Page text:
It was 1989 and Billy Garton was on his way to Manchester United’s famous training ground. The footballer’s thoughts weren’t on what he was going to do in training that day, or on whether Sir Alex Ferguson would pick him for the weekend’s first team fixture.
Billy Garton, at the height of his football career and aged just 25, was having suicidal thoughts.
Now aged 54, Billy Garton outlines how even those we feel have everything in life can struggle with suicidal thoughts.
“On that day, I just couldn’t see a light at the end of the tunnel. There was no understanding or medical endorsement for what I was feeling,” he said.
“Everything I was feeling was negative and I couldn’t see where my career was going. I just had no hope.”
Unbeknown to Billy he had ME (chronic fatigue syndrome) and while he didn’t realise it at the time, was suffering from depression. He couldn’t understand why he felt so exhausted all the time as his once promising football career was disintegrating before his eyes.
Back in 1989, there was little understanding of or sympathy for ME sufferers. Referred to as ‘yuppie flu’ at the time, there was a large proportion of society that simply thought sufferers were making it up.
Billy said: “It was horrible. I was 25 and in my prime. That season I had broken into the first team and had been played in all the first 13 games of the season. Then the illness started.
“It started with glandular fever and then turned into post viral syndrome and finally chronic fatigue syndrome or ME, which can be a consequence of glandular fever.
“I suffered with it for 5 years by which time my career was over. People would say to me ‘you don’t look ill’ or ‘are you feeling better today?’ But I just couldn’t do what was expected of me any more as a footballer and it was embarrassing having to go into training and hide away, so I didn’t have to answer those questions any more.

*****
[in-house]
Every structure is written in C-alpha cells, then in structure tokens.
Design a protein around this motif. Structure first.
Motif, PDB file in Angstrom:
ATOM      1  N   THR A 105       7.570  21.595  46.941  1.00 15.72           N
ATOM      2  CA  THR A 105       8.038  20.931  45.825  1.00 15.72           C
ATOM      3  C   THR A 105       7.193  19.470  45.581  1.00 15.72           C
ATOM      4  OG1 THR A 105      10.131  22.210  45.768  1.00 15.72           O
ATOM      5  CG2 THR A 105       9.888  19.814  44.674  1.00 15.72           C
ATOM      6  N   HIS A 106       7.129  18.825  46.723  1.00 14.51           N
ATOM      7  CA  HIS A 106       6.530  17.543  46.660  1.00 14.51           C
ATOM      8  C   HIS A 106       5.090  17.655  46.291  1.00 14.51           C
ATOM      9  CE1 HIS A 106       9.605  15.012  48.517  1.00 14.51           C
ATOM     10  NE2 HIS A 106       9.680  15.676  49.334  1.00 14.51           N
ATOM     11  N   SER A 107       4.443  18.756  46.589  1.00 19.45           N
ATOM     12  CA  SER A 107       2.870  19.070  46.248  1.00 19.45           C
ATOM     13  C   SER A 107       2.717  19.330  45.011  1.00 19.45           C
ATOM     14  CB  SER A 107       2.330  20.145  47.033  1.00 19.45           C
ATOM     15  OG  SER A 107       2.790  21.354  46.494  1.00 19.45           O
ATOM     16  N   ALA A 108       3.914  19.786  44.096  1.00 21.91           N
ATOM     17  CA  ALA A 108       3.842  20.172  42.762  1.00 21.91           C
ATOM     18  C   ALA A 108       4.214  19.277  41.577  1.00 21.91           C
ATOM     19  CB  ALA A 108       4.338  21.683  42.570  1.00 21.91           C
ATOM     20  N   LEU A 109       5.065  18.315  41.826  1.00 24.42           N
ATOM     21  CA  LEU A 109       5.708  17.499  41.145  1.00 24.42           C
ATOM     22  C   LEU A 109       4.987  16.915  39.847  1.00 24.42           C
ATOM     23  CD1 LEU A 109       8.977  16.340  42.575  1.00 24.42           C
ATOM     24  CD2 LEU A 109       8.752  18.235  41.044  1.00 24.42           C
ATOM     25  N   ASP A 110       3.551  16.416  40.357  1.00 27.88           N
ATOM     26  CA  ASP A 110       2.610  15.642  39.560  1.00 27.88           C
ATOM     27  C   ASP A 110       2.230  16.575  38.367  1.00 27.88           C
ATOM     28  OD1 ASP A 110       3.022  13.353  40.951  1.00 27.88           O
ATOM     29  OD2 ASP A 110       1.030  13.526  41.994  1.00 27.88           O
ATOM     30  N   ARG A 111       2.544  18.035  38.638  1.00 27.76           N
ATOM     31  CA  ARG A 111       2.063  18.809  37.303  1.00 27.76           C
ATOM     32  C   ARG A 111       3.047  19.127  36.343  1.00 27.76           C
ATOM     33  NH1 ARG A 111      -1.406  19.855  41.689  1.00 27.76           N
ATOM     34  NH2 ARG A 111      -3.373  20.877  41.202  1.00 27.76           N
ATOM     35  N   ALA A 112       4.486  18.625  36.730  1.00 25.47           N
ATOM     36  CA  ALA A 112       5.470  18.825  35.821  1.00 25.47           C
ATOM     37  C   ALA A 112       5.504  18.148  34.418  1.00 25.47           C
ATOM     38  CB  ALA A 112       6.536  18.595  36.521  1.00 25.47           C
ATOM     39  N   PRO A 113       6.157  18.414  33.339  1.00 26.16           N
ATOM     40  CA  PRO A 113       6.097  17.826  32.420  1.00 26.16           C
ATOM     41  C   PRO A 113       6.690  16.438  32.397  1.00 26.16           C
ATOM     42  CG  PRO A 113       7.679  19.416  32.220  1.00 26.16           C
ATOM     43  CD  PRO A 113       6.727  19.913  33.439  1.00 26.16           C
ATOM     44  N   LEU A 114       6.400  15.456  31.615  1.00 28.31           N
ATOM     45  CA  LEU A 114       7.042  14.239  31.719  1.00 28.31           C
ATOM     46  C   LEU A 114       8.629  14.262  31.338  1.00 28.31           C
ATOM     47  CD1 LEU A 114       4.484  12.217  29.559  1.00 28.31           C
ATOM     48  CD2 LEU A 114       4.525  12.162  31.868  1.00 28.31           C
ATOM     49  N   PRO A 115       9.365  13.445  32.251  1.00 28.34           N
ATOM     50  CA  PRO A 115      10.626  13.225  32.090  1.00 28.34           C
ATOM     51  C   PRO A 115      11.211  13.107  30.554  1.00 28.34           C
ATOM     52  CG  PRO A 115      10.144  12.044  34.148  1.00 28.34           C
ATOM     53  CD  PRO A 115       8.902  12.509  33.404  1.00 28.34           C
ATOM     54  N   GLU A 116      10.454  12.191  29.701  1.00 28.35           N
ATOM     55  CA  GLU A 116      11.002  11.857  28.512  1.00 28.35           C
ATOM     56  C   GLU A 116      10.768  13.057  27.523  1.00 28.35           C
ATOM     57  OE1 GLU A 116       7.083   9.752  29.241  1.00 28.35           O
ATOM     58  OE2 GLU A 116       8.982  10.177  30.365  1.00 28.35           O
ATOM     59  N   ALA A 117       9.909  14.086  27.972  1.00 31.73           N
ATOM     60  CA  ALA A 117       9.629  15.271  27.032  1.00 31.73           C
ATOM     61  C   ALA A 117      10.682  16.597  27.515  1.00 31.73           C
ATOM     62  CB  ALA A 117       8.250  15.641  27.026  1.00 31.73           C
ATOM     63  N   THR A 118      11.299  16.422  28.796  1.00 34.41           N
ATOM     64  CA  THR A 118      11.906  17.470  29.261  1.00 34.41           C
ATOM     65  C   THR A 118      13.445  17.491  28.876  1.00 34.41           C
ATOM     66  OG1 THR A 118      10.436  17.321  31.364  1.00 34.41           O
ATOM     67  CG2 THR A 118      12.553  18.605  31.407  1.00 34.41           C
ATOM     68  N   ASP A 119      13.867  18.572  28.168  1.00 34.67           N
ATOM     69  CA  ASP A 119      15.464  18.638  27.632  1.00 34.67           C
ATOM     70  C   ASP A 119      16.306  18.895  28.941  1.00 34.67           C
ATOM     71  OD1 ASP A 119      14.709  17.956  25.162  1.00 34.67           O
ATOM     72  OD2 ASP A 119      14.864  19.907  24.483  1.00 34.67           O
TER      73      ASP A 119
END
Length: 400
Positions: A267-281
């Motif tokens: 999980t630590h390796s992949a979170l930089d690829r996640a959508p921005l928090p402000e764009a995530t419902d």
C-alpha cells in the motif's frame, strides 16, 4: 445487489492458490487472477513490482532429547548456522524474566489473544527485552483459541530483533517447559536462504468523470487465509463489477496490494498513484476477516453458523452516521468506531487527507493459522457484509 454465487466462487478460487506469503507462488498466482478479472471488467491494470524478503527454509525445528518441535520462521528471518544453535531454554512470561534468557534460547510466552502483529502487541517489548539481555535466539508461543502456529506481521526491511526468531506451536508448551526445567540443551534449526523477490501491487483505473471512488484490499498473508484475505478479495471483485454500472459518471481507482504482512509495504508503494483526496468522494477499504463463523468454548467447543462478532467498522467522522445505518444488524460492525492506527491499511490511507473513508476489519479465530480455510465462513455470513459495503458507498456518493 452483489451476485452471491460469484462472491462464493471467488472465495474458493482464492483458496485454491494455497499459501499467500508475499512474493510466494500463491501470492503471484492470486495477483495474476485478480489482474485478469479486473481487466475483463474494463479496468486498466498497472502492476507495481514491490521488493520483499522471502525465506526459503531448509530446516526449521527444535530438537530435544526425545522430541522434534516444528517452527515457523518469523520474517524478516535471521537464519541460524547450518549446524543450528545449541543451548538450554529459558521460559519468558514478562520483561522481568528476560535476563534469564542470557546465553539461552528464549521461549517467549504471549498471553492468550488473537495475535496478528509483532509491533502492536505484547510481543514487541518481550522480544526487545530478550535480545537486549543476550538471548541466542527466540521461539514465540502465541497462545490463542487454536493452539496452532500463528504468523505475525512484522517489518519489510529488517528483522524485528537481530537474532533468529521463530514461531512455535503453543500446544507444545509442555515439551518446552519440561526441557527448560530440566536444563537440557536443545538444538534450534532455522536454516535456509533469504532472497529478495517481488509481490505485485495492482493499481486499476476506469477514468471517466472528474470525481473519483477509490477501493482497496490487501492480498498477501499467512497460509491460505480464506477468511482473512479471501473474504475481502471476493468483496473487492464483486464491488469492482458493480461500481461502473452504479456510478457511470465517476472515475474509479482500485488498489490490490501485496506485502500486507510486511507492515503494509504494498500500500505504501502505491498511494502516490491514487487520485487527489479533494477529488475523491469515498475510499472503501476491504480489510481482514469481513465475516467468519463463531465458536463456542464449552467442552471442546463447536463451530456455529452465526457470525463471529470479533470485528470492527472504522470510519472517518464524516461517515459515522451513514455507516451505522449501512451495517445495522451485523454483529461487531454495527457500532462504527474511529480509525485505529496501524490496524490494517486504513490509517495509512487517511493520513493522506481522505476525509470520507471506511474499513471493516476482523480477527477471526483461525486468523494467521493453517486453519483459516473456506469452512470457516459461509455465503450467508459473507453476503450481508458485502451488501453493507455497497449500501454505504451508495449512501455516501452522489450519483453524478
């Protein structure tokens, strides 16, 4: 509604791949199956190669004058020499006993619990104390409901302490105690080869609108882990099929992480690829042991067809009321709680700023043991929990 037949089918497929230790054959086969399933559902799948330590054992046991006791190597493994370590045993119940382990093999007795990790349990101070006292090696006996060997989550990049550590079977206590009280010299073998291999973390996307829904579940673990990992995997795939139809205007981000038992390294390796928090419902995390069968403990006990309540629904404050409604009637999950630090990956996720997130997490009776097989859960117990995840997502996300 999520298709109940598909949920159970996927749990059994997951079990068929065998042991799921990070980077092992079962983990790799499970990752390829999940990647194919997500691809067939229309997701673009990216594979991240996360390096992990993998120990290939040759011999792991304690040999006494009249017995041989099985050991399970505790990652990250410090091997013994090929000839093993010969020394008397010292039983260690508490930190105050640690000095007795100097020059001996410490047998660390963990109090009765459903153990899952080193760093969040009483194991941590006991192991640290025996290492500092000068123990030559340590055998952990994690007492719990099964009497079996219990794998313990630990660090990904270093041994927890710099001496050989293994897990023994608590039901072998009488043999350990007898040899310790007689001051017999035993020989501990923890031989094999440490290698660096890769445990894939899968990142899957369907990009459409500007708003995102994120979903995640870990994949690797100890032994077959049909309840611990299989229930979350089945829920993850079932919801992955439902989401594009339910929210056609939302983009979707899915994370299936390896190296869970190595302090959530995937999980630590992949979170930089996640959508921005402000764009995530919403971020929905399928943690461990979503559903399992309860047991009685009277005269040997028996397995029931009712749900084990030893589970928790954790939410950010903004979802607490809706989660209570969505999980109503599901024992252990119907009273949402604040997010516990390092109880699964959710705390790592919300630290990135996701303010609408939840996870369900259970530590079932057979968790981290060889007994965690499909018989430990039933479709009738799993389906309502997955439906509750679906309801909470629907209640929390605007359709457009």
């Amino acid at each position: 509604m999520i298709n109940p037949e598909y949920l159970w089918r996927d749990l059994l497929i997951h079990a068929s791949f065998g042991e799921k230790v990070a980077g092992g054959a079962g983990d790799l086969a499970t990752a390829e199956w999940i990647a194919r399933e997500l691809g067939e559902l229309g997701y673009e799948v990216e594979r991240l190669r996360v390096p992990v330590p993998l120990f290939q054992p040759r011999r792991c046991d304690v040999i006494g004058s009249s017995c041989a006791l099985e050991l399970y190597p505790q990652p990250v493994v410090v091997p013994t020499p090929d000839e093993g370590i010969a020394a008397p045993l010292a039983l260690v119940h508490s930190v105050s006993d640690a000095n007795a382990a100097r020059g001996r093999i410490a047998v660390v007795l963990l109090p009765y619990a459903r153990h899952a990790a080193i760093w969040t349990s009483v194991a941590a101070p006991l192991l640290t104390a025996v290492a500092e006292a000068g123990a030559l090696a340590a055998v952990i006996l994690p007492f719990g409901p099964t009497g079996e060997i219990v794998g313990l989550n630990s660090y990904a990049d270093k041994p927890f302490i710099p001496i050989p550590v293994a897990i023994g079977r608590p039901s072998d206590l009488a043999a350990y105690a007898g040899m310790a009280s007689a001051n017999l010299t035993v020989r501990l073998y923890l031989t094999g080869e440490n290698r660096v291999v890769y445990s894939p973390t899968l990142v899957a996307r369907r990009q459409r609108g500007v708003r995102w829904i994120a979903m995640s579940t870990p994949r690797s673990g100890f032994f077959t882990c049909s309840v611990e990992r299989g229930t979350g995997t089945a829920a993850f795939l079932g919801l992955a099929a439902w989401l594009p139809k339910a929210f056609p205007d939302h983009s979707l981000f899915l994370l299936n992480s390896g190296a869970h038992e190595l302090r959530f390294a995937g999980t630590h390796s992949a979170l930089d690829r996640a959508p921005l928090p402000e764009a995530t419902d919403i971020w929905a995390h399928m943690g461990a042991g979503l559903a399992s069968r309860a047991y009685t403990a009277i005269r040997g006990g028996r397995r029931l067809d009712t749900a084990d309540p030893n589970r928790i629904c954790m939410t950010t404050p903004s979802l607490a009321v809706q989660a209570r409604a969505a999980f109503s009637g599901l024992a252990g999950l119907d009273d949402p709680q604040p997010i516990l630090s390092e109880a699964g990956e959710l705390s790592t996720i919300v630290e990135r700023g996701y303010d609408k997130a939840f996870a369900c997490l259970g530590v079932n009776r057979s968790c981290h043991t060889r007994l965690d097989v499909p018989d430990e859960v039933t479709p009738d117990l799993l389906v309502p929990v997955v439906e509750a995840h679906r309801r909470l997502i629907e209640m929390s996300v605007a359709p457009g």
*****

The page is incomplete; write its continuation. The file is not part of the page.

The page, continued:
“I was a local lad, Manchester United was my team and my dream was over. It was a huge thing for me.”
Eventually, Billy recovered and received a proper diagnosis. Although his dreams of stardom at Manchester United were well and truly over, Billy went on to play non-league football for Hyde United, eventually becoming player-manager. Then he started a career as a primary school teacher, ending up as deputy head at a primary school in Altrincham.
He said: “The diagnosis was a big moment for me – to be able to explain to people properly what I had gone through was a big weight off my shoulders. But back when I was suffering, I kept my cards very close to my chest, didn’t really talk about it at all – in fact I was quite guarded about it. I would go into The Cliff training ground and see the rest of lads training, everyone buzzing and happy and I felt resentment, jealousy and envy that I couldn’t play. It was a daily embarrassment and led to depression and, ultimately, to suicidal thoughts.
“It is so important to put aside your pride and share your thoughts and feelings with others at an early stage. I made the mistake of not talking about my feelings but, today, I have great respect for anyone who can reach out.”
Billy now uses his experience to help others by leading Manchester-based PlayOnPro, an organisation dedicated to helping former elite sports stars continue to work when their stellar sporting careers are over.
He supports the work of the Shining a Light on Suicide campaign to encourage people to talk openly about their feelings.
The #shiningalightonsuicide campaign has been commissioned by Greater Manchester Health and Social Care Partnership and is supported by the Mayor of Greater Manchester, Andy Burnham, and all the partners including NHS, councils, police, fire, emergency services, armed forces’ veterans, and many others.
Encourage someone to talk before suicide seems their only option. Together we can help prevent suicide.
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